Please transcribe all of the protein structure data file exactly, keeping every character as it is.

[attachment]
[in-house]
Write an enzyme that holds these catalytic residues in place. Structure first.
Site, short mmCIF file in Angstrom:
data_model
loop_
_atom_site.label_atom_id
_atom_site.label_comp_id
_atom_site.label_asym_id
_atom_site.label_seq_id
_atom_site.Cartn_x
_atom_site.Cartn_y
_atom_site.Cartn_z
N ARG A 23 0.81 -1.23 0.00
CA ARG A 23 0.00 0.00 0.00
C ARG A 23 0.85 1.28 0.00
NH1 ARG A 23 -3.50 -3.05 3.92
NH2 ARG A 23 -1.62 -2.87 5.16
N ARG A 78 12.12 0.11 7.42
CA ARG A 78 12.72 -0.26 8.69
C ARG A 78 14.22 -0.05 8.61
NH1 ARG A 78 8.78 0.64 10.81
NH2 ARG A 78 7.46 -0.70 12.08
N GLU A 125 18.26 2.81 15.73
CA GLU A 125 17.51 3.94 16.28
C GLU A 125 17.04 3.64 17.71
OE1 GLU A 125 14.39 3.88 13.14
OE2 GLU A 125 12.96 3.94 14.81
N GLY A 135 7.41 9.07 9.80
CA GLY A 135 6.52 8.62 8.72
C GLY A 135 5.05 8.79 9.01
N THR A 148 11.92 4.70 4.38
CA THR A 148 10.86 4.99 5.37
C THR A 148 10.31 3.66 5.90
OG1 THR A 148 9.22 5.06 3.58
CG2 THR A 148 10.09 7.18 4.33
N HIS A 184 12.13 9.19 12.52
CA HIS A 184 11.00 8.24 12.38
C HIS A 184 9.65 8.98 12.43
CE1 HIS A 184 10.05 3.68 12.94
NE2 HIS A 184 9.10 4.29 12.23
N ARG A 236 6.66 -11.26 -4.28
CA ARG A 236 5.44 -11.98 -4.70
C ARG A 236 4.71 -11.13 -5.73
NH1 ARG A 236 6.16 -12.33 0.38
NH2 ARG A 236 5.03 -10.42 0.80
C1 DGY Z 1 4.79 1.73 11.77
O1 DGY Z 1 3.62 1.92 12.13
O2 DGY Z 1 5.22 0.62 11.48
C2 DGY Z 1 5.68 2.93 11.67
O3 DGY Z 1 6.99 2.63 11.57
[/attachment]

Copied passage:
[in-house]
Write an enzyme that holds these catalytic residues in place. Structure first.
Site, short mmCIF file in Angstrom:
data_model
loop_
_atom_site.label_atom_id
_atom_site.label_comp_id
_atom_site.label_asym_id
_atom_site.label_seq_id
_atom_site.Cartn_x
_atom_site.Cartn_y
_atom_site.Cartn_z
N ARG A 23 0.81 -1.23 0.00
CA ARG A 23 0.00 0.00 0.00
C ARG A 23 0.85 1.28 0.00
NH1 ARG A 23 -3.50 -3.05 3.92
NH2 ARG A 23 -1.62 -2.87 5.16
N ARG A 78 12.12 0.11 7.42
CA ARG A 78 12.72 -0.26 8.69
C ARG A 78 14.22 -0.05 8.61
NH1 ARG A 78 8.78 0.64 10.81
NH2 ARG A 78 7.46 -0.70 12.08
N GLU A 125 18.26 2.81 15.73
CA GLU A 125 17.51 3.94 16.28
C GLU A 125 17.04 3.64 17.71
OE1 GLU A 125 14.39 3.88 13.14
OE2 GLU A 125 12.96 3.94 14.81
N GLY A 135 7.41 9.07 9.80
CA GLY A 135 6.52 8.62 8.72
C GLY A 135 5.05 8.79 9.01
N THR A 148 11.92 4.70 4.38
CA THR A 148 10.86 4.99 5.37
C THR A 148 10.31 3.66 5.90
OG1 THR A 148 9.22 5.06 3.58
CG2 THR A 148 10.09 7.18 4.33
N HIS A 184 12.13 9.19 12.52
CA HIS A 184 11.00 8.24 12.38
C HIS A 184 9.65 8.98 12.43
CE1 HIS A 184 10.05 3.68 12.94
NE2 HIS A 184 9.10 4.29 12.23
N ARG A 236 6.66 -11.26 -4.28
CA ARG A 236 5.44 -11.98 -4.70
C ARG A 236 4.71 -11.13 -5.73
NH1 ARG A 236 6.16 -12.33 0.38
NH2 ARG A 236 5.03 -10.42 0.80
C1 DGY Z 1 4.79 1.73 11.77
O1 DGY Z 1 3.62 1.92 12.13
O2 DGY Z 1 5.22 0.62 11.48
C2 DGY Z 1 5.68 2.93 11.67
O3 DGY Z 1 6.99 2.63 11.57